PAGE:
If you look into the current crypto hardware wallet market, you’d notice that almost all of them fall into two broad categories, primarily driven by two different ideologies.
On one hand, we have the Trezor-type wallets that follow the open-source ideology of keeping everything open and verifiable. And then, there are the Ledger-type wallets that offer not-so-open bank-grade security, through a (usually EAL5+ certified) Secure Element (SE).
But both of these approaches have ups and downs. A fully open-source system such as Trezor’s generally doesn’t have a secure element. And thus, the secret is usually stored in a general-purpose MCU, where it’s prone to be exposed by fault attacks.
Alternatively, the Ledger-type wallets are resistant to such fault attacks, as the secret is stored in a secure element. But with these, there’s often a significant part of the device firmware and software that remains unavailable for peer review. Thus, a certain trust factor is introduced, which doesn’t quite play well among many crypto enthusiasts.
However, there’s one such hardware wallet that seems to have hit a sweet spot by offering the best of both worlds — providing an SE for storing the secret, while also keeping the firmware and software fully open source.
We’re talking about Coinkite’s Coldcard hardware wallet.
Coldcard Look & Feel
Coldcard has a simple, translucent design for better visual detection of tampering in internal components. The company has focused more on making the devices secure, as well as keeping the manufacturing costs and retail prices low.
It has an OLED screen for displaying information, a 12-key keypad containing numbers 0-9, along with the OK (confirm) and X (reject) buttons. The buttons can be used to enter your Coldcard PIN, navigate through the user interface, and sign transactions.
There’s also a MicroSD card slot (more on that later), 3 indicative LEDs, and a Micro-USB port for power supply & direct connectivity.
For more information on Coldcard hardware, refer to the official documentation.
Why is Coldcard different?
Coldcard is significantly different from the other popular hardware wallets available in the current market.
Secure Element but not “Security Through Obscurity”
Generally, a majority of the hardware wallets with an SE use a dual-chip architecture — a general-purpose MCU used for normal device functions, and a bank-grade SE for storing the secret and signing transactions.
However, the bank-grade SE usually comes along with (partially or fully) closed-source firmware. And the idea is that an attacker cannot exploit the system if they have no knowledge of it. Hence, such type of hardware usually provides “Security Through Obscurity”.
Coldcard also uses a similar dual-chip architecture, but its SE is quite different from the usual one found in Ledger-type hardware wallets.
It uses Microchip’s ATECC508A (Mk2), ATECC608A (Mk3) for storing the critical master secret. This micro-controller is a cryptographic co-processor that provides secure hardware-based key storage. And more importantly, it doesn’t have any closed-source components.
The secure MCU can perform SHA-256 hashing and includes an internal true random number generator (TRNG). Combining the features and careful protocol design, the Coldcard enforces that the attacker must know the specific PIN sequence (which is saved as a part of the wallet set up process) to access the secret.
A Coldcard PIN can be from 4 to 12 digits long, and is split up into 2 parts — prefix and rest PIN — each 2 to 6 digits long. It’s recommended to use a PIN that has at least 8 (4 + 4) digits.
After the prefix PIN is entered, the Coldcard generates two words from the BIP39 wordlist. This pair of words is unique to every Coldcard device & prefix PIN combination and serves as a measure to identify an attempted phishing attack.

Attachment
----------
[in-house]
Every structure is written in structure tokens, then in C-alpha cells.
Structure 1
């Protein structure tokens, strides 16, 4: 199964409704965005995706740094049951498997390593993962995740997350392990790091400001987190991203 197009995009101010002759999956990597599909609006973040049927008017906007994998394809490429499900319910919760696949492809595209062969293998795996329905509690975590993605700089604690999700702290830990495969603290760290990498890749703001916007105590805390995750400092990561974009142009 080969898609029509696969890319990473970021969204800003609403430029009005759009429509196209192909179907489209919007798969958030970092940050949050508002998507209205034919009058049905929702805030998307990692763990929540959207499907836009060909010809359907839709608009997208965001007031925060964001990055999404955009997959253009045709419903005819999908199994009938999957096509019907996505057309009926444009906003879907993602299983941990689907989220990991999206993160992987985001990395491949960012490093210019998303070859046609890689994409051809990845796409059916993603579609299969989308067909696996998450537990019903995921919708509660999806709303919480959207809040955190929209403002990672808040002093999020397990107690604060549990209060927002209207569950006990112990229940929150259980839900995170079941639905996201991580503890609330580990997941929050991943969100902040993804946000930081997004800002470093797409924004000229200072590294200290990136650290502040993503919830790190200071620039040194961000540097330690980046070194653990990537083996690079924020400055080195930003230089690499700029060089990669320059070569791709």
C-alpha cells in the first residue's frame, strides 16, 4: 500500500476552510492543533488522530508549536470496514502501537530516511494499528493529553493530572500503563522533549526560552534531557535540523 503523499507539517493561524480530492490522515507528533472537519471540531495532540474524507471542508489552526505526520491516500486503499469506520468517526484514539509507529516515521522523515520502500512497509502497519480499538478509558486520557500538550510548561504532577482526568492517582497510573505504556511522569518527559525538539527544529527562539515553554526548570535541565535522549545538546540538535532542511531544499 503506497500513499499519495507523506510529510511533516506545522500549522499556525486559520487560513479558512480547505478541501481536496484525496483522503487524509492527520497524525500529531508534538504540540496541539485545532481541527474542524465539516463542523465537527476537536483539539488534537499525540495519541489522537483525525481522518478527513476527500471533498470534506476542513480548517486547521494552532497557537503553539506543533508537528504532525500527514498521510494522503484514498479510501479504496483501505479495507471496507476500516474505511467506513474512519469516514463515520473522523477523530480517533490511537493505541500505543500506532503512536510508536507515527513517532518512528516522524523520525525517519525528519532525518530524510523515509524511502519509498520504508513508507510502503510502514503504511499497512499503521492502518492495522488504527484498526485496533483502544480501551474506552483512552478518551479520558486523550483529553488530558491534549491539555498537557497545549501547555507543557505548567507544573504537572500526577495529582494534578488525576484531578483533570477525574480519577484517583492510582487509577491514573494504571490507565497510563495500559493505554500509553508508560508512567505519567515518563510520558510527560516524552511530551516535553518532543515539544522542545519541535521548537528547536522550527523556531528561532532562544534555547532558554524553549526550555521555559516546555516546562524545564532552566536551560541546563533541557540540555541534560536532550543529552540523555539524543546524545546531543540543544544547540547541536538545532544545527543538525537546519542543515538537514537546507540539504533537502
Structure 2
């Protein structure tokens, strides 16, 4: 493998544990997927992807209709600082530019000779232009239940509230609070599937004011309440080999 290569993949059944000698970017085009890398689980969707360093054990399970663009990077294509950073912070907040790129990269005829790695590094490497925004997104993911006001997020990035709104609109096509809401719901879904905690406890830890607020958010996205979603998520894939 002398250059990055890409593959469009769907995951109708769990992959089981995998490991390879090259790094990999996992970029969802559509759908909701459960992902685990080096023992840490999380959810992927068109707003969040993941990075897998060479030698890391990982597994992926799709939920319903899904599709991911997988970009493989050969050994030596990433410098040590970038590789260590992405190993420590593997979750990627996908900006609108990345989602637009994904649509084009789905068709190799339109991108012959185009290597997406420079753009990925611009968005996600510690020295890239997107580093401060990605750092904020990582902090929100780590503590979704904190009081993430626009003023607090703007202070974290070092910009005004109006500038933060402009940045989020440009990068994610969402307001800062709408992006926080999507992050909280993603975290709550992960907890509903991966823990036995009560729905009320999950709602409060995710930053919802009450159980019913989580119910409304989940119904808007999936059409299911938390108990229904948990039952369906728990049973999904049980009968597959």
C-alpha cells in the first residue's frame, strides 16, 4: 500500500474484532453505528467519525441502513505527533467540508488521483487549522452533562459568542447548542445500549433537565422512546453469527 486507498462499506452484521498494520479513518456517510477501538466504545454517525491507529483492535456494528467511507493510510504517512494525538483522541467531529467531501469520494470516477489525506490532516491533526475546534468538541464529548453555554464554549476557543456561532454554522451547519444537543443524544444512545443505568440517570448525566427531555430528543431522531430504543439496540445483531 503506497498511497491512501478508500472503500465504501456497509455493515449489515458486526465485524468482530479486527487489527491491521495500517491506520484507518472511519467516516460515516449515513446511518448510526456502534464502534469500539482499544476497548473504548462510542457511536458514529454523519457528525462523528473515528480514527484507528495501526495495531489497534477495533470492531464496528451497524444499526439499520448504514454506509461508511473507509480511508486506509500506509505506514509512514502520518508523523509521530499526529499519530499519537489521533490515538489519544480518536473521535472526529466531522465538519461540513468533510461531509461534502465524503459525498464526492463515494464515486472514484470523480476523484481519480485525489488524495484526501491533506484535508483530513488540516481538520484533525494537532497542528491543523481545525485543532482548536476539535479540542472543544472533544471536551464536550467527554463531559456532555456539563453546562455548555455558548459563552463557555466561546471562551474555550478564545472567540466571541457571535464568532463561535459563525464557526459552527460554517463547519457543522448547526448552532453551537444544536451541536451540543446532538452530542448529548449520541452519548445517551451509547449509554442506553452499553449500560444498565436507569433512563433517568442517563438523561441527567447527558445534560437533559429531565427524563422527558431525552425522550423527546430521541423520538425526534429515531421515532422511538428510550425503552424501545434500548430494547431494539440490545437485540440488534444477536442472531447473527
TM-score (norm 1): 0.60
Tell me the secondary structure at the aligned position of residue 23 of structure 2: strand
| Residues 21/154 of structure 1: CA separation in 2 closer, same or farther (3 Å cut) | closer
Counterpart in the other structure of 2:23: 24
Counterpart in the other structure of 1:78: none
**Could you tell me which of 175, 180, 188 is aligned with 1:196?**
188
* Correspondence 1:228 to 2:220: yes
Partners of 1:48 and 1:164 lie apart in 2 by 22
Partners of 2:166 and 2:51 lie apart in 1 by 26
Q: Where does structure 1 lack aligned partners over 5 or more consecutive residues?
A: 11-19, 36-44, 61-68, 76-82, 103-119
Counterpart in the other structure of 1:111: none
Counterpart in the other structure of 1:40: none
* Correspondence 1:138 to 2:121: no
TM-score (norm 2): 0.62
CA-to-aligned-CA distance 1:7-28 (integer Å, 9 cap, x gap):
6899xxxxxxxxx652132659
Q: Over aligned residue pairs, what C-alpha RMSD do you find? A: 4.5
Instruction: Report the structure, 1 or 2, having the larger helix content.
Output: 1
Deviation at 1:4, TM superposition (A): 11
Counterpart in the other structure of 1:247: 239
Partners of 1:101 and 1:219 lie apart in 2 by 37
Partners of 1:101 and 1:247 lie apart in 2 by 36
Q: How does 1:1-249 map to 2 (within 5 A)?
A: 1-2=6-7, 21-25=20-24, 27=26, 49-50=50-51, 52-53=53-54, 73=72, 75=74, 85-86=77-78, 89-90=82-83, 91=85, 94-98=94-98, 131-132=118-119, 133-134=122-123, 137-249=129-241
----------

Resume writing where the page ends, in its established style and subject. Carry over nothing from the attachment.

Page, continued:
If the anti-phishing word pair shown does not match the expected ones, either you entered the wrong prefix PIN or it’s likely a phishing device!
Also, the secure MCU limits the maximum number of PIN attempts — with incremental time delays enforced against repeated PIN attempts — such that a brute force attack is impractical against strong PIN codes.
So, if the attacker now decides to brute force directly into the secret, tough luck there too! The SHA-256 cryptographic hash, along with the TRNG, ensures strong encryption. The search space is now 2^256, and this remains true even when the firmware is fully replaced on the main MCU or the SE chip is removed from the board.
Thus, the ATECCX08A chips rely on the security of cryptographic hash function, rather than “Security Through Obscurity”. The use of such an SE allows Coinkite to keep all of its firmware and software open source, which can be peer-reviewed and verified.
Fully “air-gapped” solution
Coldcard can be operated offline without ever being connected to a computer or mobile device by any means. It does not have Bluetooth or WiFi connectivity support, and you can effectively do everything on the Coldcard by simply plugging it to a power outlet. It can also be optionally operated with a computer via USB.
Coldcard has a MicroSD slot to use a memory card as a medium between the air gap. It can generate skeleton wallets for supported wallet apps including Electrum and Wasabi on the MicroSD card, which contain extended public keys. Extended public keys can be used to generate new receiving addresses, without knowledge of the corresponding private keys.
Coldcard is also the world’s first PSBT-native (”Partially Signed Bitcoin Transaction Format” – BIP 174) hardware wallet; thus allowing you to sign transactions directly on the MicroSD card, and later broadcast them on the network, without the Coldcard being connected.
Other than that, Coldcard can use the MicroSD card for purposes like, backing up the wallet seed into an encrypted file or upgrading the device firmware, all without directly connecting to a computer.
Note: Air gapping provides higher security, but can be a little inconvenient. Coldcard provides the option to choose between more security or more convenience, by supporting both air gapping, as well as direct connection via USB.
No Specialized Software Required
Even if third-party apps are supported, most hardware wallets usually have a dependency on their official companion apps for tasks such as firmware validation & upgrade, extending coin support, etc.